In April 2017, Venable reported (here and here) on the Trump administration's intent to move forward with a "new policy" that would maximize Made in America content and minimize exceptions to Buy American laws through the "Buy American and Hire American" Executive Order. On June 30, 2017, the U.S. Department of Commerce (DOC) and the Office of Management and Budget (OMB) published implementing guidance for executive departments and agencies regarding the "Assessment and Enforcement of Domestic Preferences in Accordance with Buy American Laws." The guidance focused on federal procurements and federal financial assistance (grants) and, within those categories, on agencies' oversight, enforcement, and/or waiver usage, as well as steps intended to strengthen the implementation of Buy American laws.

Notwithstanding the intent of the memorandum to "maximize, consistent with law, the policy and the statutory mandate to buy domestically manufactured products in [federal] contracts and grants, and minimize the use of exceptions and waivers," it is clear that executive departments and agencies retain discretion to use authorized exceptions to Buy American laws in the following situations: (1) domestic non-availability, (2) unreasonable cost, (3) purchase of commercial IT, (4) resale, and (5) when it is in the public interest. Additionally, the DOC and OMB implementing guidance does not disturb the exceptions to the Buy American Act (BAA) for purchases at or below the micro-purchase threshold, or procurements for use outside of the United States. Moreover, Trade Agreements Act (TAA) waivers—which exempt products under U.S. Department of Defense Reciprocal Agreements with certain other countries—remain a viable option for agencies. Instead of creating a sea change, the memorandum merely provides guidance regarding what agencies must include in their "Section 3" reports, which are due by September 15, 2017, as described in greater detail below.

With respect to the oversight of Buy American laws in federal procurements, the memorandum outlined four areas for review and potential improvement: procedures and guidance; internal reviews; marketing and outreach; and training. The memorandum stated that "agencies shall, at a minimum, evaluate and report on their oversight of the BAA and other Buy American Laws, including the Berry Amendment, if applicable to the agency, which imposes domestic source requirements on certain agencies for the acquisition of textiles, food, and hand or measuring tools."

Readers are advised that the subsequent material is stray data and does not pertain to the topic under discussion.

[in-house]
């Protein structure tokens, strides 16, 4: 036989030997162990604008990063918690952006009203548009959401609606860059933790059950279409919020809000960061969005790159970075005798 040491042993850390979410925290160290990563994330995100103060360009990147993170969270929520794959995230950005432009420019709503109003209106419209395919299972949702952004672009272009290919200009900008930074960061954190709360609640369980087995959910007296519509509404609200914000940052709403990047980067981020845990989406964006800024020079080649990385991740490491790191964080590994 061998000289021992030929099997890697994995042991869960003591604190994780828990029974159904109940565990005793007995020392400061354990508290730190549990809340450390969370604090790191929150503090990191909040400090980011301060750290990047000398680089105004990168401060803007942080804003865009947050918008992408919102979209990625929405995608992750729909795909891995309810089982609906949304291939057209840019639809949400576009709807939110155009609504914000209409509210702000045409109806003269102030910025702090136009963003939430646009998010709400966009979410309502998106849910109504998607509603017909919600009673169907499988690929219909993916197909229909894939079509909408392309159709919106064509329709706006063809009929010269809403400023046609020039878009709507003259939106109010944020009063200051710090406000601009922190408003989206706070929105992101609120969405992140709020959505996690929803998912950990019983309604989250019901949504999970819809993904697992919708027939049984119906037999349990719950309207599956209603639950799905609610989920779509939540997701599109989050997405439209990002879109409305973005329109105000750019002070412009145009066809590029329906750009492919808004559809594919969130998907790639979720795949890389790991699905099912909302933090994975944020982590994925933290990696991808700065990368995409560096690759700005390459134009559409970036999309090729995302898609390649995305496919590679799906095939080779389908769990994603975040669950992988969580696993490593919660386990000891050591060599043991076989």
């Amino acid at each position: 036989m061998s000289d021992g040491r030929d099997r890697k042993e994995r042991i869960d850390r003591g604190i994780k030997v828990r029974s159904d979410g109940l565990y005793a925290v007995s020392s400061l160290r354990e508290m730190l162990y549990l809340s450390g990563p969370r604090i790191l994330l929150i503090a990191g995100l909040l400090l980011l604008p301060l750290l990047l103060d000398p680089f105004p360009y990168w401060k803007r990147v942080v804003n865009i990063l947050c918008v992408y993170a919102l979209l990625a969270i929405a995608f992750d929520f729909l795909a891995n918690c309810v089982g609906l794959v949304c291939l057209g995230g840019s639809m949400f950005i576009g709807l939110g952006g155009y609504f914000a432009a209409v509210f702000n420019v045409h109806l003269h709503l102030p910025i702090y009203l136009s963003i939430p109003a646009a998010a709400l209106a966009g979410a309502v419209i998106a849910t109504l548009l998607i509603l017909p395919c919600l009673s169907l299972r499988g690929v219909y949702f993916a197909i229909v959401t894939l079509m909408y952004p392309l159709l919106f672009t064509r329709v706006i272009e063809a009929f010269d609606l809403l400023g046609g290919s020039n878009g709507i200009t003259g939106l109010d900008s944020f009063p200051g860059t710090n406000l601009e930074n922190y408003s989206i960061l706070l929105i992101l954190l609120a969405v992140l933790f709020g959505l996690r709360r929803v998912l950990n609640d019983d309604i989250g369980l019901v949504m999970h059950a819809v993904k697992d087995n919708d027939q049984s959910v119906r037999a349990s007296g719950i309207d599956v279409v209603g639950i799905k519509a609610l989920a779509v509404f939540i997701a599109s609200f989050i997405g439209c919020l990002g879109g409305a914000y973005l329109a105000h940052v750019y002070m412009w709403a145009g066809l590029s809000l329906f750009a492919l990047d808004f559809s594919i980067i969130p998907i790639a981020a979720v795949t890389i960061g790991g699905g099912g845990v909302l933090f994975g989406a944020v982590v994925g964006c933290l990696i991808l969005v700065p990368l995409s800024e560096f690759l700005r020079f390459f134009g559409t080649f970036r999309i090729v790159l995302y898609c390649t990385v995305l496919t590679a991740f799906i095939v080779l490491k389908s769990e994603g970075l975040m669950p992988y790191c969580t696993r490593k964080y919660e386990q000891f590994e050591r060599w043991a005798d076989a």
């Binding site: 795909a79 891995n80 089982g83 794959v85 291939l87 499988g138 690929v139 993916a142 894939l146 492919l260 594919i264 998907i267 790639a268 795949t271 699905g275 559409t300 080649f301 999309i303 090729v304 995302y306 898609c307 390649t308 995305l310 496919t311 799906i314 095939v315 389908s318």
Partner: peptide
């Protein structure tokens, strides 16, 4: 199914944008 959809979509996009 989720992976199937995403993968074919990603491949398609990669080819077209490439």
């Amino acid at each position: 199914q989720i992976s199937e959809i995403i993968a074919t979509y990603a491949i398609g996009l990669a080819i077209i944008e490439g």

Regarding the enforcement of Buy American laws and waiver usage in federal procurements, the memorandum directed agencies to report whether their contracting officers record exceptions and waivers in the Federal Procurement Data System (FPDS). The memorandum also directed agencies to review the MAX webpage, which contains information about an agency's use of BAA exceptions and waivers; confirm whether the MAX summary is accurate and complete (or revise accordingly); and review agency files of contracts listed on the site to report whether any relevant exception or waiver was associated with the predominant North American Industry Classification System (NAICS) codes and product service codes (PSCs) reported in FPDS.

To strengthen the implementation of Buy American laws in federal procurements and thus maximize the use of materials produced in the United States, the memorandum stated that agencies should identify actions to improve guidance, reporting instructions, internal reviews, marketing and outreach, and training, as well as any additional actions that could strengthen Buy American laws and ensure compliance with the TAA.

In addition to addressing federal procurements, the OMB June 30, 2017 memorandum directed agencies to evaluate and report on their oversight of Buy American laws by taking an inventory of existing authorities and information on the extent to which Buy American laws could apply to "financial assistance program" awards, identifying agency guidance to assist federal financial assistance recipients in complying with Buy American laws, and describing reviews the agency conducted in the last two fiscal years to evaluate recipient compliance with Buy American laws. Agencies were also directed to review the use of BAA waivers, and to take action to maximize the use of materials produced in the United States by improving agency Buy American guidance to assistance recipients and related internal procedures. Agencies were further directed to provide ideas for strengthening and applying Buy American laws in all facets of federal spending.

Ultimately, the purpose of the Section 3 report is to capture agencies' compliance with Buy American laws, and to generate new policies to maximize the use of U.S.-produced material. As with the executive order, the implementing guidance of DOC and OMB will result in a fact-finding exercise that may or may not result in changes to existing enforcement, legislation, or trade agreements. We will keep you posted on any developments.